Perspectives on The Unique Path of In-House Counsel

For those who choose the unique path of in-house counsel, it can be a very fulfilling career. In the Fall 2018 issue of Baltimore Law, three UB School of Law alumni describe the rewards and challenges of corporate lawyering.

MJ O'Neill HeadshotHere’s another perspective from alumnus Michael J. O’Neill, who earned his MBA in Finance and his Juris Doctor from UB in 1982. O’Neill is general counsel and chief legal officer for Avnet Inc., one of the world’s largest distributors of electronic components and embedded solutions for manufacturing.

Q: What do you see as the special skills one needs to serve in the general counsel role for a major corporation?

A: It’s very helpful to have an ability to see the big picture, how one decision right now might impact other issues, currently and in the future. It’s also good to be able to multitask: The general counsel role requires juggling a lot of balls at the same time, and it’s imperative that none of those balls drops.

A third skill in this role is to be able to make decisions without having all the facts. While we’re trained as lawyers to want all the facts in front of us and then thoroughly apply our judgment to those facts, in the business world that’s rarely the case. The key is to be able to make a timely decision to move the process forward in the right direction, but to also allow for course correction as other variables become known or unfold.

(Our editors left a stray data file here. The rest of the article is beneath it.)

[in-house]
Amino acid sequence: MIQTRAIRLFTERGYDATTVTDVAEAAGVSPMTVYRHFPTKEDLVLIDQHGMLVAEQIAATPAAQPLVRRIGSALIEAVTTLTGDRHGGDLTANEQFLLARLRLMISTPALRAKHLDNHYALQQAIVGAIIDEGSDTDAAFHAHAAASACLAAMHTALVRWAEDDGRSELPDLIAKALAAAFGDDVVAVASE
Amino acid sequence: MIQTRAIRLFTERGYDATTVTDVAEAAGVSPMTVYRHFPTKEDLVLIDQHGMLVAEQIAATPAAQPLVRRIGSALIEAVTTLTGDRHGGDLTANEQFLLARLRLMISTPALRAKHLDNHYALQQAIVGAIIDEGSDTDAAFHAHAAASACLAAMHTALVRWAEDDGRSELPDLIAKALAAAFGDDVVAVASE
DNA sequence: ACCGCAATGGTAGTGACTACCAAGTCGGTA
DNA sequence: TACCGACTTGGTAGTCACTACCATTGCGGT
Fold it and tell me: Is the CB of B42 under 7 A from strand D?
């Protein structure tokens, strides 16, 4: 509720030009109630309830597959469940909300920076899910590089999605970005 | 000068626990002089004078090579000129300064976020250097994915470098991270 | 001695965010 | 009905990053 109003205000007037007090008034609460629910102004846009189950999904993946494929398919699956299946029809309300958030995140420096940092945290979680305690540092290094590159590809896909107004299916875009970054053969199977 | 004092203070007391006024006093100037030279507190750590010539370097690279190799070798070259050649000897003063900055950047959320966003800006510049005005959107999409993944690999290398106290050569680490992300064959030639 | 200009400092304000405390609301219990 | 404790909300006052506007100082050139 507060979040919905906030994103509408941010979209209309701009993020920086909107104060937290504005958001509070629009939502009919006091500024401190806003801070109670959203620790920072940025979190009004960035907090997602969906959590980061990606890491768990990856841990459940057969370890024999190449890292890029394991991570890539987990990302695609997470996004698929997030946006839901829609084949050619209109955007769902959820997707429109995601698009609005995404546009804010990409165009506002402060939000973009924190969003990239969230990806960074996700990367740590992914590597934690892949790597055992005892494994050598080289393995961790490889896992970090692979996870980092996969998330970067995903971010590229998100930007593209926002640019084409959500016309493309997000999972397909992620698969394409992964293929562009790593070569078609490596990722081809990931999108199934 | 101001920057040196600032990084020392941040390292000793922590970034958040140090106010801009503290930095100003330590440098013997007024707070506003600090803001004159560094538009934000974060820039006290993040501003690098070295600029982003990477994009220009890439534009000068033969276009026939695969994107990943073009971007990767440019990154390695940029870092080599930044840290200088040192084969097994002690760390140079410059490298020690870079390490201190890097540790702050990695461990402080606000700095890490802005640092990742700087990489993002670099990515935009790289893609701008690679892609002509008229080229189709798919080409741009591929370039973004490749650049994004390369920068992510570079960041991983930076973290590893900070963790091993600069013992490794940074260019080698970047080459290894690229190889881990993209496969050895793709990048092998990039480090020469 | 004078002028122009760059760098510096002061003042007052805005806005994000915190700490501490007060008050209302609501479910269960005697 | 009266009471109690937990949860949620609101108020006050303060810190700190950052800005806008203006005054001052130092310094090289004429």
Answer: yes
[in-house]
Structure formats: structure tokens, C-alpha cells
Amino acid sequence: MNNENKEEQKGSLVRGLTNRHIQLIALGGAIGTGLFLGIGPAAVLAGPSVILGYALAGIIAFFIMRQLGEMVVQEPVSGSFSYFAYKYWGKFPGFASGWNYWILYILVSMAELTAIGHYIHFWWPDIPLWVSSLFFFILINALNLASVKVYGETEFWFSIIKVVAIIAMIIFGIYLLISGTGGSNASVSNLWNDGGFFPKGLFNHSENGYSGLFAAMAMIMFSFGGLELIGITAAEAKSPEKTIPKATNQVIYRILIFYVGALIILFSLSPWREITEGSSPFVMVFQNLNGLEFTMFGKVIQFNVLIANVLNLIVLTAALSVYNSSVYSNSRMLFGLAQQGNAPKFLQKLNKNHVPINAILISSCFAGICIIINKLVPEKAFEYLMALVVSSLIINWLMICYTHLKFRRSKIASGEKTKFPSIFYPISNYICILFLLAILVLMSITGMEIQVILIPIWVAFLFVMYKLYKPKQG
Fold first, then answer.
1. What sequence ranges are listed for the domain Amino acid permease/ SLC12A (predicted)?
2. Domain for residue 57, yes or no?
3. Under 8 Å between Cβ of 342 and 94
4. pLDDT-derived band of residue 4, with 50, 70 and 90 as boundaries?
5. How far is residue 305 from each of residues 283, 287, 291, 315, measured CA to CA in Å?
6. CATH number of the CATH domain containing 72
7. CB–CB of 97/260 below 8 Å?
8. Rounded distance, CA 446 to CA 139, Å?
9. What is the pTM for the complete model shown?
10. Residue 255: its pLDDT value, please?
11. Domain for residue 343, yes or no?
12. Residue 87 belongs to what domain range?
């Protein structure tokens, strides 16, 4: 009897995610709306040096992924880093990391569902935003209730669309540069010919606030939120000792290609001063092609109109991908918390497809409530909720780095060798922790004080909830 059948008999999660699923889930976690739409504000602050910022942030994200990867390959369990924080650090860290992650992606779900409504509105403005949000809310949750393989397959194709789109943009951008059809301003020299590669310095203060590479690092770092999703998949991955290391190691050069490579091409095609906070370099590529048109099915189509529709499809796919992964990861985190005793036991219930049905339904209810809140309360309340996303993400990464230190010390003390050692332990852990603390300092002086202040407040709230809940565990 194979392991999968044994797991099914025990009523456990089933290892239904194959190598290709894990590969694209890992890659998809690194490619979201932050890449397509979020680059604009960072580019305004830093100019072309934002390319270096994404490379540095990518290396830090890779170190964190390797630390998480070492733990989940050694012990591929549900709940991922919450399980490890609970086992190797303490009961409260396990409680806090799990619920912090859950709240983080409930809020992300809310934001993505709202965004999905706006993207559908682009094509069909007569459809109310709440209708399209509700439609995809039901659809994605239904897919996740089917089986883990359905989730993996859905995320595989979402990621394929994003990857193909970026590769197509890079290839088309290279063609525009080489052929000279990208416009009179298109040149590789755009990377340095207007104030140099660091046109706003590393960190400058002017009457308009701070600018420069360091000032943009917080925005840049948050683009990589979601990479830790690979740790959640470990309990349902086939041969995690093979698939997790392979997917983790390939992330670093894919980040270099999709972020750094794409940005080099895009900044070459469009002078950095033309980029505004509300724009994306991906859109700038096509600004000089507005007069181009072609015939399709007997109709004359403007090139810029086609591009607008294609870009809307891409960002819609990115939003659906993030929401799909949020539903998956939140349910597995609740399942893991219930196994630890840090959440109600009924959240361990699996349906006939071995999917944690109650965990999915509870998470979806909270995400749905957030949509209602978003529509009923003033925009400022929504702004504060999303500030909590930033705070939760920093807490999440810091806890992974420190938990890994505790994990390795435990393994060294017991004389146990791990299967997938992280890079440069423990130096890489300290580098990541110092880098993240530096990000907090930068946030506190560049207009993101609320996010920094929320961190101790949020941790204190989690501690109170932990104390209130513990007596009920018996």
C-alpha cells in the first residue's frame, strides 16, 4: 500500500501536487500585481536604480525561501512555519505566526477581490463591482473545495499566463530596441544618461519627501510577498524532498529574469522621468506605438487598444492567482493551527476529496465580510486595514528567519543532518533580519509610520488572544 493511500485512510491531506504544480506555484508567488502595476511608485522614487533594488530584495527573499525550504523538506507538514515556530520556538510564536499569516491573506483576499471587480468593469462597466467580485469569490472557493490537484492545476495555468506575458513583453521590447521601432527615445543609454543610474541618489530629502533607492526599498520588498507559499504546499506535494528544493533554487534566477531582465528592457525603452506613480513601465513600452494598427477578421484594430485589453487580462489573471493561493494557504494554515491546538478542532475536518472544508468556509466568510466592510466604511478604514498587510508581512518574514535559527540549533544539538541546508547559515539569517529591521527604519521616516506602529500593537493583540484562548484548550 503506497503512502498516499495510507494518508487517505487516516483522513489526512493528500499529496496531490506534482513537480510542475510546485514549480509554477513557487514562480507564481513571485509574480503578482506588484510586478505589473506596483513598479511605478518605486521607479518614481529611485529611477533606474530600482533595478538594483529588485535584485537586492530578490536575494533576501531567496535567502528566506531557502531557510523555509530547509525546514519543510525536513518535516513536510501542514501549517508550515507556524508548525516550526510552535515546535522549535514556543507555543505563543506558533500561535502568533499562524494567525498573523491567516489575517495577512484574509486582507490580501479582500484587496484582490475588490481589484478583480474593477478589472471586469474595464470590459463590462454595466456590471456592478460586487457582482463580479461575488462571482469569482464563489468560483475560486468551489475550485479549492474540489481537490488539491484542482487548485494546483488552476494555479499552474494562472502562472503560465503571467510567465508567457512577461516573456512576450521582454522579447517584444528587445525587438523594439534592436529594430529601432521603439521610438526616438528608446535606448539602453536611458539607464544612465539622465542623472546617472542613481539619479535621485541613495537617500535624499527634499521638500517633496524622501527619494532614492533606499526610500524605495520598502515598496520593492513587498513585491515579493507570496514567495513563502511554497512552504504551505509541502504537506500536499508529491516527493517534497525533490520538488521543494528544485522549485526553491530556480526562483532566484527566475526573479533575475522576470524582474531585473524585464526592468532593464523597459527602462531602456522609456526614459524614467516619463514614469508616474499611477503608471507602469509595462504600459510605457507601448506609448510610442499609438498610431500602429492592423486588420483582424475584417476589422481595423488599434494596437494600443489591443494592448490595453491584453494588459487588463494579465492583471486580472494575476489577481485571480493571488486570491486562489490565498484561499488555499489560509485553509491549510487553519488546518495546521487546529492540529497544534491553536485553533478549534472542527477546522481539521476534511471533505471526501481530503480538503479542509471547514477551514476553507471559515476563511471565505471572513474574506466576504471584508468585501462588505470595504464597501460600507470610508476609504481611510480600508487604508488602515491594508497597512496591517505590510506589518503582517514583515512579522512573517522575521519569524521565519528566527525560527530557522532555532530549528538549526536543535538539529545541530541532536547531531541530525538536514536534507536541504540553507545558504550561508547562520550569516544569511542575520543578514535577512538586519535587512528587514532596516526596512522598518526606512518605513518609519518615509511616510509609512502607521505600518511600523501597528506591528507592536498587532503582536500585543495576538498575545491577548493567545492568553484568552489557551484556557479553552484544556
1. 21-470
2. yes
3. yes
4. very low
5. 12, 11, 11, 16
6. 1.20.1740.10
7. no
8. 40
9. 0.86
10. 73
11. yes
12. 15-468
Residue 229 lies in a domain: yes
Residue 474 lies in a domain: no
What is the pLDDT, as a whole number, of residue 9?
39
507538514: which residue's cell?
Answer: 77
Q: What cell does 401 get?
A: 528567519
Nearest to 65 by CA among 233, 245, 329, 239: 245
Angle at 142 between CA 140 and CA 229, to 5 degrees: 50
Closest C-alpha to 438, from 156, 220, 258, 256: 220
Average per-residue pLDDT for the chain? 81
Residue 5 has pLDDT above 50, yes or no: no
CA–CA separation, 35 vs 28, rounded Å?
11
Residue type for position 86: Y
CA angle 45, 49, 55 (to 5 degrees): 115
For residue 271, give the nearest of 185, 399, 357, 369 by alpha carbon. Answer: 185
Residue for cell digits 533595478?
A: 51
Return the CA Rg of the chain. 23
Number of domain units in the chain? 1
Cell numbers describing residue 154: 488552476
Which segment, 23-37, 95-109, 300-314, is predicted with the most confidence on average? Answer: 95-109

These are skills that virtually any lawyer can learn or develop. Being able to sleep on long-haul flights is also very helpful!

Q: How would you suggest new lawyers go about deciding whether in-house counsel work is for them?

A: First ask, Do I want to try cases or not? Great litigators always know that they love trying cases. I didn’t — I wanted to resolve business issues.

Then ask if the specialty aspects of the law — such as IP, tax, employment law — appeal to you. These areas require a lot of training and time to become established. Aside from those, what’s left is the general practice of corporate or business law, and you need to be able to read a balance sheet and know how to build teams that drive results.

Q: What habits would you advise a potential general counselor to emphasize?

A: Truth-telling and transparency jump to the top of my list. You simply can’t survive and maintain a career without practicing truth-telling at all times. Transparency is a little trickier, but what you must avoid is the ugly O: obfuscation. Our profession sometimes makes a science out of this, and it is to be avoided and stamped out wherever you see it.

Q: Likewise, what are some habits that this potential leader should lose as quickly as possible?

A: Preambles, caveats and post-counsel disclaimers. They are all despised by business people. Speak your advice and counsel clearly and succinctly, then stand by your call.

Q: Name something you learned in law school that is still of value to you today.

A: Sweat equity will overcome brilliance and pedigree every time. Be better prepared and hungrier than the other folks. Endeavor to listen as intently as you speak, or you will end up solving the wrong problems.

Baltimore Law, Fall 2018

You can read about the Unique Path of In-House Counsel and much more in Baltimore Law magazine online. Our cover story is on Professor Byron L. Warnken, who retired after 45 years at University of Baltimore School of Law. All law school alumni will receive a hard copy of the magazine this week—if you don’t get your copy, please contact Alumni Director Michelle Junot at




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